base-uri source-list

child-src

The child-src directive defines the valid sources for web workers and nested browsing contexts loaded using elements such as <frame> and <iframe>. This directive is preferred over the frame-src directive, which is deprecated. For workers, non-compliant requests are treated as fatal network errors by the user agent.

Note: If this directive is absent, the user agent will look for the default-src directive.
​child-src source-list

connect-src

The connect-src directive defines valid sources for Fetch, XMLHttpRequest, WebSocket, and EventSource connections.

Note: If this directive is absent, the user agent will look for the default-src directive.
Note: Prior to Firefox 23, xhr-src was used in place of the connect-src directive and only restricted the use of XMLHttpRequest.
connect-src source-list

default-src

The default-src directive defines the security policy for types of content which are not expressly called out by more specific directives. This directive covers the following directives:

  • child-src
  • connect-src
  • font-src
  • img-src
  • manifest-src
  • media-src
  • object-src
  • script-src
  • style-src
default-src source-list

font-src

The font-src directive specifies valid sources for fonts loaded using @font-face.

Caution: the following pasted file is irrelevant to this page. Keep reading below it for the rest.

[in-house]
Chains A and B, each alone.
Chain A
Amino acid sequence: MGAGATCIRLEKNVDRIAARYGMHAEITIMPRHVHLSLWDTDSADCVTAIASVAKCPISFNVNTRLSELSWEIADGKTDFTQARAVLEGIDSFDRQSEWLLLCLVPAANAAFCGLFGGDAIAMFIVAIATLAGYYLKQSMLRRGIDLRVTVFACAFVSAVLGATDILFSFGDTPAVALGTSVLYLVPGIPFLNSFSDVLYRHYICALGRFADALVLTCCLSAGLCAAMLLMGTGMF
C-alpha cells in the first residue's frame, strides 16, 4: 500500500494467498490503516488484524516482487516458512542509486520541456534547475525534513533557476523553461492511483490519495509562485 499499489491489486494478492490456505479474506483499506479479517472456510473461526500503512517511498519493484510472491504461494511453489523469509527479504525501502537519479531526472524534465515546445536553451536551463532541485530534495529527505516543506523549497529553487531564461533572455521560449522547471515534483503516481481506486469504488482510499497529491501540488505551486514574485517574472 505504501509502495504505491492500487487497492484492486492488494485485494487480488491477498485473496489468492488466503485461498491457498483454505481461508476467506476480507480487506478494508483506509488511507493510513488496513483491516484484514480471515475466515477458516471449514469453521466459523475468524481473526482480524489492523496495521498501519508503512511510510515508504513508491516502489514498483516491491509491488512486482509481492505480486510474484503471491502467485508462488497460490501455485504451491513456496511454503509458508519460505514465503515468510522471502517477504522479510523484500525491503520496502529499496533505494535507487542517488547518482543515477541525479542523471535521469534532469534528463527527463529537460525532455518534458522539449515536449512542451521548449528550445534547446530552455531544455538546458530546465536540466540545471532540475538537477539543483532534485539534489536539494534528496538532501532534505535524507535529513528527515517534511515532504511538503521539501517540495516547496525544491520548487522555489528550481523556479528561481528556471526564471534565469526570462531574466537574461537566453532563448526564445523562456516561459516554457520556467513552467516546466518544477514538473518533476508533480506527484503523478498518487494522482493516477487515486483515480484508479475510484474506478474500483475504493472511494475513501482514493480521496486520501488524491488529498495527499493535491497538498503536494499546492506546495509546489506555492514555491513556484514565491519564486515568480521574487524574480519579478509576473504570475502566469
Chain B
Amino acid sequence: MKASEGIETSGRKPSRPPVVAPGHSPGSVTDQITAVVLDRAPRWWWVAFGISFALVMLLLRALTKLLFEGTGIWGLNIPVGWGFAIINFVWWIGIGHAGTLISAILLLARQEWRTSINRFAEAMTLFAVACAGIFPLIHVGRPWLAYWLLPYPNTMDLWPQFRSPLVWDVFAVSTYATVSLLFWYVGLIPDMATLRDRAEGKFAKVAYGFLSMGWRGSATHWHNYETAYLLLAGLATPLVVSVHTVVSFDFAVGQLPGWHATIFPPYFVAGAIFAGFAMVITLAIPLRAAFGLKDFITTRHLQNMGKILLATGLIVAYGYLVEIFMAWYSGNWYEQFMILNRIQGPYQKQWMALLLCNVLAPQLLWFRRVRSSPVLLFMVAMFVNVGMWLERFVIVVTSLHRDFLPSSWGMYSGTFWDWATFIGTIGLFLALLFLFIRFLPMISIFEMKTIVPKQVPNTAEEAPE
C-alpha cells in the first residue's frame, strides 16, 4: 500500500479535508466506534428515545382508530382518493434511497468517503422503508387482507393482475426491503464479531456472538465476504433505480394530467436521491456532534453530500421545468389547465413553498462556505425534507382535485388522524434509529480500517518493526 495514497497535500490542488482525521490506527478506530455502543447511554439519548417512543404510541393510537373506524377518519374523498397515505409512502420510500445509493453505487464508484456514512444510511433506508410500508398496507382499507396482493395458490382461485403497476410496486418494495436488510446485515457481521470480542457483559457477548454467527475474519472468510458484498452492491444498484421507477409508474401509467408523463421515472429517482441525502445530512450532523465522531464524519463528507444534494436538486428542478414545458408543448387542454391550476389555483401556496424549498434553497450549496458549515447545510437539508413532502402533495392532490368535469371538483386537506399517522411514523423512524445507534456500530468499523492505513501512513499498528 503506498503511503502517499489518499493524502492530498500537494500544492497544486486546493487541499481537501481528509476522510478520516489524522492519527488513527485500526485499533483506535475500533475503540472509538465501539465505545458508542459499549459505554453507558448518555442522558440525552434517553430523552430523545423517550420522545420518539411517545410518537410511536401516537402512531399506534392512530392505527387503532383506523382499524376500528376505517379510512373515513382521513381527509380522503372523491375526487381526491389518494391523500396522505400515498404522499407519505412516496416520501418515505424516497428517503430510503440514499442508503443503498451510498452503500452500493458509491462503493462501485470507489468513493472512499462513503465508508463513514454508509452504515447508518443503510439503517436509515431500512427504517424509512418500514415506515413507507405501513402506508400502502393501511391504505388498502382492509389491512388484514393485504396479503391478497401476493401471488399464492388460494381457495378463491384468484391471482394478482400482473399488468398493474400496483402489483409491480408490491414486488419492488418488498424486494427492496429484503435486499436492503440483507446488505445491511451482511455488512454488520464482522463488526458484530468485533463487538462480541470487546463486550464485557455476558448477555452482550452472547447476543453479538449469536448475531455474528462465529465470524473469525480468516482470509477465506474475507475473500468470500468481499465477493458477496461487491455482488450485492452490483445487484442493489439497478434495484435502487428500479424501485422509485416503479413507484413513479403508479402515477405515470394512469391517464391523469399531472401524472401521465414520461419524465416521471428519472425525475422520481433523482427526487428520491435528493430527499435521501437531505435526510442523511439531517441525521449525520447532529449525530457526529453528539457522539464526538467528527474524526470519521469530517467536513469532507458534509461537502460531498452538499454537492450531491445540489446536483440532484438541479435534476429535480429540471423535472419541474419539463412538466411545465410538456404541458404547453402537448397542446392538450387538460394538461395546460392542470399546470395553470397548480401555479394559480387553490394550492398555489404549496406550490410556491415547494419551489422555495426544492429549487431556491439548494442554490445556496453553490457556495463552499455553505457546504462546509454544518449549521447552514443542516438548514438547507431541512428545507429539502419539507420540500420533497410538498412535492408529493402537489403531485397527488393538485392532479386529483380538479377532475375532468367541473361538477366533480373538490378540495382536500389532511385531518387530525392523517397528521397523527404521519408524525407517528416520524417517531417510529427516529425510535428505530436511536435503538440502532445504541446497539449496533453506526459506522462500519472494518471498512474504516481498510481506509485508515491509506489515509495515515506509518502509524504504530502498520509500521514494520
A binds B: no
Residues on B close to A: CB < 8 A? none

Note: If this directive is absent the user agent will look for the default-src directive.
font-src source-list

form-action

The form-action directive specifies valid endpoints for <form> submissions.

form-action source-list

frame-ancestors

The frame-ancestors directive specifies valid parents that may embed a page using the <frame> and <iframe> elements. This directive is not supported in the <meta> element or by the Content-Security-Policy-Report-Only header field.

frame-ancestors source-list

frame-src

The frame-src directive specifies valid sources for web workers and nested browsing contexts loading using elements such as <frame> and <iframe>.

Note: This directive is deprecated. Use child-src instead, unless you are supporting browsers that use CSP 1.0 only (e.g. Safari 9).
frame-src source-list

img-src

The img-src directive specifies valid sources of images and favicons.

Note: If this directive is absent, the user agent will look for the default-src directive.
img-src source-list

manifest-src

The manifest-src directive specifies which manifest can be applied to the resource.

Note: If this directive is absent, the user agent will look for the default-src directive.
manifest-src source-list

media-src

The media-src directive specifies valid sources for loading media using the <audio> and <video> elements.

Note: If this directive is absent, the user agent will look for the default-src directive.
media-src source-list

object-src

The object-src directive specifies valid sources for the <object>, <embed>, and <applet> elements.

Note: If this directive is absent, the user agent will look for the default-src directive.
object-src source-list

plugin-types

The plugin-types directive specifies the valid plugins that the user agent may invoke.

plugin-types type-list

referrer

The referrer directive specifies information in the referer (sic) header for links away from a page. Valid values are no-referrer, no-referrer-when-downgrade, origin, origin-when-cross-origin, and unsafe-url.

​referrer value

reflected-xss